The aftermath: Disaster waste management

Waste left by flooding. The mixed materials are usually slated for the landfill.

The recent slew of natural disasters around the nation has highlighted the need for systems and procedures designed to minimize the devastating impact and clean up the resulting mess.

Most recently, the flooding and tornadoes in the Midwest have shown that foresight and a healthy dose of common sense can reap big benefits when it comes to disaster cleanup.

Kansas, whose eastern border is bounded by the Missouri River, was not affected by this season’s flooding. But the state has been affected by major tornadoes in the past three years, and last year more than 40 counties were flooded by a combination of rising rivers and 20-inch rainfalls over several days.

“The amount of debris from tornados in Kansas has been two or three times greater than [the debris] from floods,” says Bill Bider, director of the Kansas Bureau of Waste Management (BWM). “It has been two years of major debris and we are in the middle of cleaning up the debris from two tornadoes that hit us a month ago.”

Debris cleanup operations are still underway in many places, and one of the key elements in headache avoidance is the state mandates that no new landfills and waste transfer stations (WTS) may be sited on a flood plain.

“A couple of old landfills permitted before current regulations became effective were flooded last year, and they were unusable to handle debris,” says Bider. “But for nearly 20 years, no landfills have been or can be sited or permitted in flood plains, and all our new landfills are accessible in cases of flood.”

When Coffeeville was flooded last year, the oil refinery, located in a flood plain, filled the town with oil. Many buildings were ruined, and the contaminated debris and vegetation had to be handled carefully.

“The homes had to be demolished and specially managed,” says Bider. “We sent some of the waste to an mixed municipal solid waste landfill, but for the majority, we established a new landfill disposal cell adjacent to an existing private landfill.

“We respond quickly and coordinate with local government officials – and in some cases, private companies – that are already in the waste business in the area. It is our philosophy to take care of things promptly but also properly, with an eye to certain environmental considerations. We do not ignore the environment to clean up the mess and we have to follow procedures.”

Procedures usually include reasonable attempts to separate debris by type: household hazardous waste, appliances, e-waste, tires, etc., and to recycle whatever is viable.

“Our goal is to always divert the material that cannot go into our landfills,” says Bider. “Whether it was a flood or tornado, with recycling it tends to be metals, various chemical waste and e-waste. Woody waste is recovered and some is burned or mulched. We recycle and recover what we can.”

However, practicality and the need to redevelop quickly mean that recycling isn’t always an option.

“Economics do come into play and FEMA does provide funding when recycling is part of the recovery. But I have seen and heard of some communities with waste piles that have sat around for long periods of time because of the overemphasis to recycle,” Bider adds. “Common sense should prevail.”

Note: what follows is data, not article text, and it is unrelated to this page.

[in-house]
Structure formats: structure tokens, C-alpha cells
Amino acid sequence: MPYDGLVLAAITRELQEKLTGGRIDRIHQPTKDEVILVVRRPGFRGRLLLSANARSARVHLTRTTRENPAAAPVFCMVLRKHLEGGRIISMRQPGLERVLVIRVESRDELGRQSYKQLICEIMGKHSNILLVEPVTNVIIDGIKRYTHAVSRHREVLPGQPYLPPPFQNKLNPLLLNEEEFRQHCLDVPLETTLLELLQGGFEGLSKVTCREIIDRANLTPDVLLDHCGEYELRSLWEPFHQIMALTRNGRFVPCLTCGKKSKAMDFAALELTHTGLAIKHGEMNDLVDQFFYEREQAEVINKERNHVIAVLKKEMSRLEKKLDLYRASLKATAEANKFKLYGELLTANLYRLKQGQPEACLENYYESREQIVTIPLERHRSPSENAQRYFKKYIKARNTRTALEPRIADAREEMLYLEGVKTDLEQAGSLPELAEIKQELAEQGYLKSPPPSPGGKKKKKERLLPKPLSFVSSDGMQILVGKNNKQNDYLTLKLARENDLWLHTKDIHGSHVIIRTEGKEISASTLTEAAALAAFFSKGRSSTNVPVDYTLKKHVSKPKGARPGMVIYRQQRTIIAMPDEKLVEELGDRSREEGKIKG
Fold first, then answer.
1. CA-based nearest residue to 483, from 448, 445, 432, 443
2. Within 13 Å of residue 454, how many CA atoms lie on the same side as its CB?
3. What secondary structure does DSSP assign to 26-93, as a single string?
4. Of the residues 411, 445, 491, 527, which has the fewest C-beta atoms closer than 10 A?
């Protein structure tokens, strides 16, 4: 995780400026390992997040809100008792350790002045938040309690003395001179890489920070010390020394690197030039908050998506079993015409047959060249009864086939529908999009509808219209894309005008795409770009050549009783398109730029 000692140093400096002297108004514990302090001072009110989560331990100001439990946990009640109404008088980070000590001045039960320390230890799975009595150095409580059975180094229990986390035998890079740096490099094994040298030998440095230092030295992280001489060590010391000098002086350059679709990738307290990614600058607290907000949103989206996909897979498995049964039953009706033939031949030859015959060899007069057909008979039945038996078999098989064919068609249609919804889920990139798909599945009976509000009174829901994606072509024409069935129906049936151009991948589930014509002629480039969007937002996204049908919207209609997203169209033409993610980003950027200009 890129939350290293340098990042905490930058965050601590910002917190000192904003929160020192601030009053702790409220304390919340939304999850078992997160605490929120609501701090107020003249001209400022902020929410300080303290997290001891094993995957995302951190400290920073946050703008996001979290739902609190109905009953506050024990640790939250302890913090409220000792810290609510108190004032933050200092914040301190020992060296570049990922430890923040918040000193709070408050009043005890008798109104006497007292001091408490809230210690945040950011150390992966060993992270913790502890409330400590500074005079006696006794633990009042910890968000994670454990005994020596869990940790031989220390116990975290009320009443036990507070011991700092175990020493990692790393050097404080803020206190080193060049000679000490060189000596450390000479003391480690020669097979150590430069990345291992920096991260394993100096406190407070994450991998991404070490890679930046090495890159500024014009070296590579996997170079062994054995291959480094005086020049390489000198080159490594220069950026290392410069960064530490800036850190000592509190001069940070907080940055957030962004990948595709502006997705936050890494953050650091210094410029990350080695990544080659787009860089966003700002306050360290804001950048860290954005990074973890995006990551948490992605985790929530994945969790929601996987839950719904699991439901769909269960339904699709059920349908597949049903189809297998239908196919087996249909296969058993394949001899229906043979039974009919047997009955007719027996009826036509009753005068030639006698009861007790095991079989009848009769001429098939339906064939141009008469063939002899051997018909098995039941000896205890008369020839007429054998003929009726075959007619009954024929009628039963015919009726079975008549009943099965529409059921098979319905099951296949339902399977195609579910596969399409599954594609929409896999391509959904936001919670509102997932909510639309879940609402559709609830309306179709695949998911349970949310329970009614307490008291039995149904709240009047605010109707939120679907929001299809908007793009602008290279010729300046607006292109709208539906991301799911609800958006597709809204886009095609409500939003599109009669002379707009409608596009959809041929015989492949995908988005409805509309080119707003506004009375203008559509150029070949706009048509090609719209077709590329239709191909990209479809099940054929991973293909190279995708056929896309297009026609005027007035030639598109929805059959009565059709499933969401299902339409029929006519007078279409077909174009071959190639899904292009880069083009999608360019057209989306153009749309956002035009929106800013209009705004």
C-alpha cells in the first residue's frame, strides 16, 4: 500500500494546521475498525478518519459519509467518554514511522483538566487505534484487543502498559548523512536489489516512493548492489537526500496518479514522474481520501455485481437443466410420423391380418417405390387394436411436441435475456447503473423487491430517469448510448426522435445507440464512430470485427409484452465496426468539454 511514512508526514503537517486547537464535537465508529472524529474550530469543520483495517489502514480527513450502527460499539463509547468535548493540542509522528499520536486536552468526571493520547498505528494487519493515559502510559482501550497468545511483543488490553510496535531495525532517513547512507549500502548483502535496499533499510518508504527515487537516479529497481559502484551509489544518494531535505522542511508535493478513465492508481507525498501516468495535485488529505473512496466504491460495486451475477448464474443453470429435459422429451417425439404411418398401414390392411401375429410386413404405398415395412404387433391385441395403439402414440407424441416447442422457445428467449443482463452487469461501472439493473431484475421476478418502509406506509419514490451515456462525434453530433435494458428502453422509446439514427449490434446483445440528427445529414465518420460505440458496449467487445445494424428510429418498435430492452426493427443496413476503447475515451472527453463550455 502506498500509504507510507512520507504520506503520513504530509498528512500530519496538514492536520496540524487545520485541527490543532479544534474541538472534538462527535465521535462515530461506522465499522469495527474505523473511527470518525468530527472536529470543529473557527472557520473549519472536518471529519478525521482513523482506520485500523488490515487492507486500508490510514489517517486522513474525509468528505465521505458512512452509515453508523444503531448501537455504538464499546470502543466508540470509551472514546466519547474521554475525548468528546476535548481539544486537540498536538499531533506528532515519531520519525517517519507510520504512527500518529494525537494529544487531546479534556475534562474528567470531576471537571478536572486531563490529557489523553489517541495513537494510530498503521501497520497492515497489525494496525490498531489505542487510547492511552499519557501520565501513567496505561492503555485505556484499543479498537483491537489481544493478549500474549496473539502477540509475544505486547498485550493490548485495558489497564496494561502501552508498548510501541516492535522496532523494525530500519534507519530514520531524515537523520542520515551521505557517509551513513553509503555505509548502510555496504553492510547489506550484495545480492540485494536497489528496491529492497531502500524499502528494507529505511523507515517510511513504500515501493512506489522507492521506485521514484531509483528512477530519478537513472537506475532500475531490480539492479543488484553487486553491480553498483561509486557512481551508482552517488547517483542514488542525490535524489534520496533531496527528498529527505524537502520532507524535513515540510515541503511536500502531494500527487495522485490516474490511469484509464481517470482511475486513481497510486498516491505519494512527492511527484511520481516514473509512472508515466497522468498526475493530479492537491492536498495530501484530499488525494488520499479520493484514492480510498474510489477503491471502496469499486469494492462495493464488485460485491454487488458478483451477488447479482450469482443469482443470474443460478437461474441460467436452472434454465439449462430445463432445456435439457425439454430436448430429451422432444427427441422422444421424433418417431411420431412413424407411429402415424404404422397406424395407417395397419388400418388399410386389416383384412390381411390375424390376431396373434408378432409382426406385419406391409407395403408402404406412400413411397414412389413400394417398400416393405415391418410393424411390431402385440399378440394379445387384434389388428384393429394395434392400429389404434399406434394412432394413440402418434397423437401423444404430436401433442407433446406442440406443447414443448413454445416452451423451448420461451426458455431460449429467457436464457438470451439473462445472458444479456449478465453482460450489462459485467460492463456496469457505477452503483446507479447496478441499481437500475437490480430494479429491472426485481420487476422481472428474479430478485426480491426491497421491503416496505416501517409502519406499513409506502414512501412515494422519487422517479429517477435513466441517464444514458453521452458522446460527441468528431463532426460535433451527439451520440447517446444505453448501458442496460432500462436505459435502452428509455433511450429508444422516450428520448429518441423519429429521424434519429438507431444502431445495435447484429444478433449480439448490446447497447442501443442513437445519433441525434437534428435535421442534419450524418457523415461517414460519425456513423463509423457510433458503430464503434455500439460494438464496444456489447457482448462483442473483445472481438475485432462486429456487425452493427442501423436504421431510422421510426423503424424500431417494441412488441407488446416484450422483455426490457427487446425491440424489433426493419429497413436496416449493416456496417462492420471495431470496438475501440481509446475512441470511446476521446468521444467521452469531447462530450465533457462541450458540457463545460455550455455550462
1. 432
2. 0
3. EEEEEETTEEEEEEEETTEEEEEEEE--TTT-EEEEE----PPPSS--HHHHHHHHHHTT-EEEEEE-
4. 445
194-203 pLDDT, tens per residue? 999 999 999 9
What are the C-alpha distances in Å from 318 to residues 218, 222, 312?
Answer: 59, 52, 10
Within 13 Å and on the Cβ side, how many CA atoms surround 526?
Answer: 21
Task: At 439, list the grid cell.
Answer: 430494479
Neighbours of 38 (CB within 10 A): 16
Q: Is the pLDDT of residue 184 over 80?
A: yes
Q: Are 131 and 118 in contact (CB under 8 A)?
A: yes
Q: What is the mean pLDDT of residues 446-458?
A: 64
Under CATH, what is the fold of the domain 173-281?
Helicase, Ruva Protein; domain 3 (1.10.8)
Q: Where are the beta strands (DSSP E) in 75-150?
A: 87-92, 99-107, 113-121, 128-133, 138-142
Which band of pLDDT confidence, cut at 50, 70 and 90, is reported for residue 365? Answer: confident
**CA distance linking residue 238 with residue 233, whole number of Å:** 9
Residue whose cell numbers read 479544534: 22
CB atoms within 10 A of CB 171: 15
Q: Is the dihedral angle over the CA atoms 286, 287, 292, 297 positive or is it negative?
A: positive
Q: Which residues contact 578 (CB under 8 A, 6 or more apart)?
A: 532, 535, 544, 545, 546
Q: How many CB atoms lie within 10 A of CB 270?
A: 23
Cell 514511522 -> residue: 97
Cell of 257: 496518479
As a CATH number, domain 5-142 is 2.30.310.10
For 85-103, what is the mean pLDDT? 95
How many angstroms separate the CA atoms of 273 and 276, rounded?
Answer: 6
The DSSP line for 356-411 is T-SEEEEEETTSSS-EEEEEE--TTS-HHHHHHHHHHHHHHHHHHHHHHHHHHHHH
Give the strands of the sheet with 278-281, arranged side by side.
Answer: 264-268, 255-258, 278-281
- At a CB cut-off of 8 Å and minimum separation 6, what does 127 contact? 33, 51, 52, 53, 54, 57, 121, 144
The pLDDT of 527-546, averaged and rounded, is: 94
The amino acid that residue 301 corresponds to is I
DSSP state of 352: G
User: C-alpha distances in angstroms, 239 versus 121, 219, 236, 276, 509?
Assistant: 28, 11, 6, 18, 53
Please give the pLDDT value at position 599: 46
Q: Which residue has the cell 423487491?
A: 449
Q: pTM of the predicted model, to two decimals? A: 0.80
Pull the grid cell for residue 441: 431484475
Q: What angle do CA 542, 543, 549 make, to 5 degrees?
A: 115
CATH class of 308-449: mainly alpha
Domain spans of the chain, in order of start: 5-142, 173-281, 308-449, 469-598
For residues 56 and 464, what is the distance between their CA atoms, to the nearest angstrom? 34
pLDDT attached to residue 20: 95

Missouri also has practices and policies that mitigate the risk of a flooded landfill.

According to Jim Hull, director of the solid waste program for the Missouri Department of Natural Resources, “Landfills can be sited on a flood plain, but they have to be protected. Most landfills don’t locate in alluvial settings near rivers because our landfill siting requirements entail the effective monitoring of groundwater beneath the site.

“Even if one of [the landfills] was at risk to be flooded, there are plans in place to completely clear out all the trash in the facility, and they may take precautions to empty fuel tanks and leachate holding tanks.”

When flooding or tornadoes do leave a mess, Missouri policy becomes flexible for the duration of the cleanup effort.

“We frequently waive state bans on certain materials entering landfills,” says Hull. “There is always an emphasis on trying to recycle and recover as much material as possible. Sometimes there is time to separate out all this stuff, but once it’s in one pile, it’s pretty much destined for the landfill.”

Alex Moon, supervisor for the solid waste section of the Iowa Department of Natural Resources says that despite the devastating flooding the state experienced recently, its landfills and WTS’s were relatively unaffected.

“The closest [landfill] that could have been impacted was in Cedar Rapids near the river, but the water didn’t get high enough to reach it,” says Moon.

But it’s not just water flooding into landfills that people in Moon’s position worry about – it’s also about the deluge of debris into landfills that occurs after the disaster has taken place.

“When you get a major disaster, [landfill space] that you expected to last for five years now only lasts 60 to 90 days. When that happens, you can’t construct new space fast enough.”

According to Moon, debris from disasters is sorted and recycled as much as possible. However, dry tornado debris is much easier to sort and dispose of than the wet flood debris that is more prone to contamination.

Moon says that he is “impressed with the amount of source separation and recycling that is occurring to minimize the amount [of waste] going into landfills.” He stress that “the EPA has been helpful in that respect by setting up collection sites for appliances and electronic goods, and by assisting in the hardest hit areas – Cedar Rapids and Waterloo.”